Orange County DREAM Team and how being present is the important lesson

TRUST Act rally in front of Anaheim Police Department 16 September 2012 via Orange County DREAM Team’s Facebook page

As anyone who has been around this blog can attest, I am quite passionate about the things that matter to me. Most of those things only matter to a small number of other people on the planet (like the proper use of colons or my newest favorite album or book), but I am not bother by the small number of other people who share my passions.

And then I have this entire other set of passions that I don’t talk about with everyone as much.

But today, I participated in my first ever chanting-on-the-street-corner rally with a group that I have supported since I finally realized they existed (because I’m occasionally quite obtuse), so I decided this is a great time to share.

You might have heard about something called the DREAM Act and a group of nebulous entities who have been called lots of things, from aliens to illegals to undocumented (and numerous other derogatory names. I call them my friends. Or my students. Or the future.

And while I’ll probably post more about their plight, history, desires, and options in the future, this post isn’t about that. This post is about how I finally learned from my friends the reason for these kinds of rallies.

This is my first rally because I knew that the Orange County DREAM Team is welcoming me into their group, and that it was important to show up when they asked for me to be there. I’m busy, so there are many times that I can’t show up, so I donate goods for the events instead. But this rally in support of the TRUST Act (California Assembly Bill 1081) was different. This was a time that I needed to show up in person.

I hate being the center of attention. I hate standing out in a crowd. I hate being noticed. I am happiest when I can move through my life without significant interaction with most of the planet and little recognition. A rally on one of the streets that takes you to Disneyland with signs and chanting pretty much exemplifies the antithesis of what I would like to do.

But I showed up with a couple of friends (who are much more used to standing where people can see them with signs shouting for causes with signs summarizing the point of being there in the first place), and then tried my best to stand within the group without drawing too much individual attention. Being 1 of 2 white girls in a group of predominately male, Hispanic/Latino friends made that balance extraordinarily difficult.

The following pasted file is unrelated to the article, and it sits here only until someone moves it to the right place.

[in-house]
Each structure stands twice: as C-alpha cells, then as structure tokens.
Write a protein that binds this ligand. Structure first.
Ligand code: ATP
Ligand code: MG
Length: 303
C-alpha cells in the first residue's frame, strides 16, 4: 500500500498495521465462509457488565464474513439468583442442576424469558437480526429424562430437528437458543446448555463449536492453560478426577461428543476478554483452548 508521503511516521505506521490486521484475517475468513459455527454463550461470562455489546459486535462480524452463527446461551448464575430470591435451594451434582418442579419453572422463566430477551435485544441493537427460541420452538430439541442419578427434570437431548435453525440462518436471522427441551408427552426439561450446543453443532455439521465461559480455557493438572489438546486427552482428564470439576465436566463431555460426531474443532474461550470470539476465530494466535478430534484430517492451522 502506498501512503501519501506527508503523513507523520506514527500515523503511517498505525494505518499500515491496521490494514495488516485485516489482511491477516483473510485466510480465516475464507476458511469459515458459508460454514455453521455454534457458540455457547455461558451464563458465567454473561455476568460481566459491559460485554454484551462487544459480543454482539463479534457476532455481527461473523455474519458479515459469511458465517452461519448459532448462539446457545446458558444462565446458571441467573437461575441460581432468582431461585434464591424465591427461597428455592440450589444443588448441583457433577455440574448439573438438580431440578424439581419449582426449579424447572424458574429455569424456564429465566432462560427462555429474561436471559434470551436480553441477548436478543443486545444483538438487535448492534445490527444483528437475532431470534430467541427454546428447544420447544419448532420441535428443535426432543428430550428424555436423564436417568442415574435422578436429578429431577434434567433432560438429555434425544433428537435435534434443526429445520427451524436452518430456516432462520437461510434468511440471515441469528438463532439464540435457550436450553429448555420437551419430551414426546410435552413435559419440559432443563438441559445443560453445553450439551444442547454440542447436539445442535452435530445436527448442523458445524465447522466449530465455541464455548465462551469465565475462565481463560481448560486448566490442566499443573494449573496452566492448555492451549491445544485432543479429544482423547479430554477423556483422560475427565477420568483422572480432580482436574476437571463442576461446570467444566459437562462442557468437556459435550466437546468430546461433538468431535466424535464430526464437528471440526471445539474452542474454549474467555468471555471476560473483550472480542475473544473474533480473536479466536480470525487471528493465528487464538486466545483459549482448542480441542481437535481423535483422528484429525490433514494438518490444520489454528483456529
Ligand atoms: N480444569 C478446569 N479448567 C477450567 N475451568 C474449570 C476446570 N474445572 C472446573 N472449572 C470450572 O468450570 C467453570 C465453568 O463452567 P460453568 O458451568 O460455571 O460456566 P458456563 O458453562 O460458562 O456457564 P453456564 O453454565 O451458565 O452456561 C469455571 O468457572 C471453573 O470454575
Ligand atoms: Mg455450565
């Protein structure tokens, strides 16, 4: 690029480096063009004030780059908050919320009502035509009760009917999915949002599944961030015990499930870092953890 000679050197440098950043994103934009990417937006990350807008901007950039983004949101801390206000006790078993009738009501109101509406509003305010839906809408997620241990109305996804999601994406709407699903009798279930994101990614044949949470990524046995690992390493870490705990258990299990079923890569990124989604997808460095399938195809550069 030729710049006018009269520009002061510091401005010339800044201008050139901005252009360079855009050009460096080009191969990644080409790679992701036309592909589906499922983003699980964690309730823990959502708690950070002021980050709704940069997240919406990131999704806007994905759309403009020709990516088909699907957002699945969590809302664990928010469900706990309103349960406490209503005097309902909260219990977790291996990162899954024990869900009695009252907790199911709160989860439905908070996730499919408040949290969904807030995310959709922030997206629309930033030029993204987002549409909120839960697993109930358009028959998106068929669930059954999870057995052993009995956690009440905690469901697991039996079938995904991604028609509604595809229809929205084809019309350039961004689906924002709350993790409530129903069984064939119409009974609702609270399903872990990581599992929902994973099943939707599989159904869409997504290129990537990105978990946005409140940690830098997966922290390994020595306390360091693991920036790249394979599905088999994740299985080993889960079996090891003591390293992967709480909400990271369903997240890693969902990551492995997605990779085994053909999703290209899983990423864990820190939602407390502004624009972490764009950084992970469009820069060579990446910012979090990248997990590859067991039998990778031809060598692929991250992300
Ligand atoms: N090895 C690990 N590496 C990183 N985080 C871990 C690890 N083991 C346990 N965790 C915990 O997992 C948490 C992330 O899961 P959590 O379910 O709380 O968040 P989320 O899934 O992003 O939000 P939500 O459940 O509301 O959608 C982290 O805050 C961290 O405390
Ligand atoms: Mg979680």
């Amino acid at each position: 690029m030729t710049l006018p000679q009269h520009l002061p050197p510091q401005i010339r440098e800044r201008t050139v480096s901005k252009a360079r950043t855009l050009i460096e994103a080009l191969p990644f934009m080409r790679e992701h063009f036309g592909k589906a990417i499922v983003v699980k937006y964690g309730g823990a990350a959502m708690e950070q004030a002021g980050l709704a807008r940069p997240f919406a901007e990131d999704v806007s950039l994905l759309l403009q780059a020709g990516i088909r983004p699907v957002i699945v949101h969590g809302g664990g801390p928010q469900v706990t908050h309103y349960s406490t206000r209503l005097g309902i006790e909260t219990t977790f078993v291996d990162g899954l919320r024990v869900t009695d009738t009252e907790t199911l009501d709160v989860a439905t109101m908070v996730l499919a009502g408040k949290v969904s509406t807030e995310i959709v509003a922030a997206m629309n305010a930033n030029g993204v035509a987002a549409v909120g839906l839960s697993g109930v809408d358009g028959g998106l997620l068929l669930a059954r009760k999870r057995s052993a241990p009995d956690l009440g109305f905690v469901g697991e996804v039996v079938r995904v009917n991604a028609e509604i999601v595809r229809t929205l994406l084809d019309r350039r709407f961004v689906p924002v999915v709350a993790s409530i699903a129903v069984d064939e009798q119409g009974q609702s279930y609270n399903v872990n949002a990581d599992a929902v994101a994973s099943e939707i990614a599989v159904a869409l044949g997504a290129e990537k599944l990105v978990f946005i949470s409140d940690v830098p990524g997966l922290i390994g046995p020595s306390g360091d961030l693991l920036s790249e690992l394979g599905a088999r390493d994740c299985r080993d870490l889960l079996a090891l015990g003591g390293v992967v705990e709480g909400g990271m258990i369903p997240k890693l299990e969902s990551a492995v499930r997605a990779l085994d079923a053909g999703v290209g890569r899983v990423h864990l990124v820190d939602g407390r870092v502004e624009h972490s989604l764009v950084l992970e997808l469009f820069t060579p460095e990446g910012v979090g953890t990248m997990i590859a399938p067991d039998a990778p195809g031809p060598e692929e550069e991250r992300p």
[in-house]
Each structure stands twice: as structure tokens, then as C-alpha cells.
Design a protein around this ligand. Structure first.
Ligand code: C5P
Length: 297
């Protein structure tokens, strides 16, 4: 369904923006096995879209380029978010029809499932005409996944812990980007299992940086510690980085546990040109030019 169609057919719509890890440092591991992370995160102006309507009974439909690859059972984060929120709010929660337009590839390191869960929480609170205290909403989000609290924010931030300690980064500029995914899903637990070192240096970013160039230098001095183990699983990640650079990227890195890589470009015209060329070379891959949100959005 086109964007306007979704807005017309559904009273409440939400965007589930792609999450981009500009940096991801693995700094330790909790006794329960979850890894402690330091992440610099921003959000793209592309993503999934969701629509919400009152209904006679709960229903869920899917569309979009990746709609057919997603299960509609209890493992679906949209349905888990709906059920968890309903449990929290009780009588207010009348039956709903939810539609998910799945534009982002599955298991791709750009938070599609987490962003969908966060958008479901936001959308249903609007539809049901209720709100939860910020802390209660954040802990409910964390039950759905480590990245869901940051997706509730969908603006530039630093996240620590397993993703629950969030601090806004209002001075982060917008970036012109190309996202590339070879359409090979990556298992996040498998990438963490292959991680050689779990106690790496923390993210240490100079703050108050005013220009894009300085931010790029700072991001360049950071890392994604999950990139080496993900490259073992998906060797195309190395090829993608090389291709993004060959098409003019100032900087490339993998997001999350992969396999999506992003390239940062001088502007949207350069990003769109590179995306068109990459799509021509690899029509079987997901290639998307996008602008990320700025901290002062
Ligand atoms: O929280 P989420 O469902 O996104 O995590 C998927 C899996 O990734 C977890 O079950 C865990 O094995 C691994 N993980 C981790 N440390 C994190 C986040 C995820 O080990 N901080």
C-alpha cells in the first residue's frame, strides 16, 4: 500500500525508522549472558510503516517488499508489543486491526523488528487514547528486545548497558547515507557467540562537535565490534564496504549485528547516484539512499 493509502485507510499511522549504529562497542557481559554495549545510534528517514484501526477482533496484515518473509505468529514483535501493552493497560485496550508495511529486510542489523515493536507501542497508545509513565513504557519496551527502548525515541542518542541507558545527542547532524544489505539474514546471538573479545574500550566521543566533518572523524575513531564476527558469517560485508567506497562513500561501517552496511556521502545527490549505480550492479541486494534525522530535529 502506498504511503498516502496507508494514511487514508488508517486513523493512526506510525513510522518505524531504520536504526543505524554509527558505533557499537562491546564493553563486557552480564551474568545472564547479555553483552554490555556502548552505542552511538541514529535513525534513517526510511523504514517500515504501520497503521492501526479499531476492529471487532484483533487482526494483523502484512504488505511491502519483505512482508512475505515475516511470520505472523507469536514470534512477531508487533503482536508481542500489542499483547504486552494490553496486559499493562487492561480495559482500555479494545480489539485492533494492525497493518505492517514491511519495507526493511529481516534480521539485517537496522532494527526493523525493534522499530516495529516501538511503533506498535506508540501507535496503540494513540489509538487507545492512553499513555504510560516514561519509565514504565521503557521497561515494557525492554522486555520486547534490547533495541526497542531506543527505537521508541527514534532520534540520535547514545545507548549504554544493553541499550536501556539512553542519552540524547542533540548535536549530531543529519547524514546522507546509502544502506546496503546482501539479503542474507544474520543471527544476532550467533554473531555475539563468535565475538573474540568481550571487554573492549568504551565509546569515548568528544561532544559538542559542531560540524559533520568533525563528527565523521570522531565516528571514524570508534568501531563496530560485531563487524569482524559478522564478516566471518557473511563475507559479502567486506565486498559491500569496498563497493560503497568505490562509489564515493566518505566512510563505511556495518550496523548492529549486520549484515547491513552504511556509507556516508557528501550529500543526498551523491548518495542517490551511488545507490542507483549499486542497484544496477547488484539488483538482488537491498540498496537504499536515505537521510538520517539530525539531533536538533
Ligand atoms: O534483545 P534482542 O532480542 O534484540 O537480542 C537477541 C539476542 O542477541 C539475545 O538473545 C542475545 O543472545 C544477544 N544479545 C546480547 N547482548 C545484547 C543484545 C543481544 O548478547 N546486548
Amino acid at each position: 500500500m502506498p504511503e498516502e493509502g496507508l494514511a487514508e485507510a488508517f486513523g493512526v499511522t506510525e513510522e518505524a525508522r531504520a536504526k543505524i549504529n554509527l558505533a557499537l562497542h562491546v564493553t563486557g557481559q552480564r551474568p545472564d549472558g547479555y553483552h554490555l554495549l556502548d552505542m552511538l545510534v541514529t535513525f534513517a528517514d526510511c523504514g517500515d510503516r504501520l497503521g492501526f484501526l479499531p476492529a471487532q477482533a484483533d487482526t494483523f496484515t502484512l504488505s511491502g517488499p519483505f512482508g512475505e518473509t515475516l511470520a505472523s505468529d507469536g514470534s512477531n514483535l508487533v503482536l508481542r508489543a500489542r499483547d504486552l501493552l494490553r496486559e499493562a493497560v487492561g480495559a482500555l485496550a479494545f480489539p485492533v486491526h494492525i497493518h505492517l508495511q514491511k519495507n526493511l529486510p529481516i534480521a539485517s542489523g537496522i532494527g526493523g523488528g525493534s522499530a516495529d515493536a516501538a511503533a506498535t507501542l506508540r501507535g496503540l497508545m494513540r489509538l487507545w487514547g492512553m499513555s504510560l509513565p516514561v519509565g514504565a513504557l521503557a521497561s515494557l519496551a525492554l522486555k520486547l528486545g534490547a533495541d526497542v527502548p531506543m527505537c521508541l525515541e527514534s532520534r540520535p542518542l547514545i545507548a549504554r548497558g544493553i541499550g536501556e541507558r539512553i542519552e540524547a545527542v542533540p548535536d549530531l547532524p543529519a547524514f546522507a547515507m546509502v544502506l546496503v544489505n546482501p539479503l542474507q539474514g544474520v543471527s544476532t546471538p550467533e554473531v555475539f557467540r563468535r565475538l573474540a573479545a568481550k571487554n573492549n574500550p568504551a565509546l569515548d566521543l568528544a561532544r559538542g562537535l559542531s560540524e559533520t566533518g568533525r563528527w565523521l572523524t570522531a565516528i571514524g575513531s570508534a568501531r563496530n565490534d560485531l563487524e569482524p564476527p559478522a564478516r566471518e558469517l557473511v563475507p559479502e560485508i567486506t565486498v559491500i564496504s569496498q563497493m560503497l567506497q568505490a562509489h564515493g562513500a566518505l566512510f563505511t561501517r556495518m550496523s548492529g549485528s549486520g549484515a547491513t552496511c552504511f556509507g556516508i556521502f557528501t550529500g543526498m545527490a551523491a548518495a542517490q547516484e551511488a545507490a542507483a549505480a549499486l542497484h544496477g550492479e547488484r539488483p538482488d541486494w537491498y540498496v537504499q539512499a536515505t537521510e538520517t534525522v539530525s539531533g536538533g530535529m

Throughout the event, I found myself wondering what the purpose of the event was and if we were succeeding. We didn’t talk to anyone, our signs didn’t have much information; people were driving by and mostly ignoring us. Of the few who responded, the majority responded positively, which kind of surprised me.

But then one of the guys that I know through my work took the bullhorn and began to share. He shared about how important it was for us to be out there raising our voices because so many cannot or will not. And he began to get teary, and he thanked us for standing together with him and everyone who found themselves living in fear. And then he named some of us that he was glad stood up today and included me.

And then I realized why people stand on the streets with signs chanting simplistic messages. The point isn’t to change other’s minds. There’s very little space for that to happen. And while it highlights some idea/legislation/mentality/person/ethical stance/right that people care about and pique someone’s curiosity, it does little to inform those people.

What I learned today is that rallies like the one I went to  function as an affirmation of the group standing together that what they think and are concerned about has value and import for other people who are not them. And coming together demonstrates that they are not alone on a hilltop tilting at windmills; they belong to a group who supports their goals and aspirations and way of being.

And that’s what I did today. I stood, as an outsider invited in, as part of the group and affirmed that their fight isn’t an illusion or futile, but has merit and that I am willing to join in their attempts to bring down the surrounding giants.

So I may never feel comfortable holding signs and chanting, but I am completely comfortable standing with my friends in support of their ultimate goals.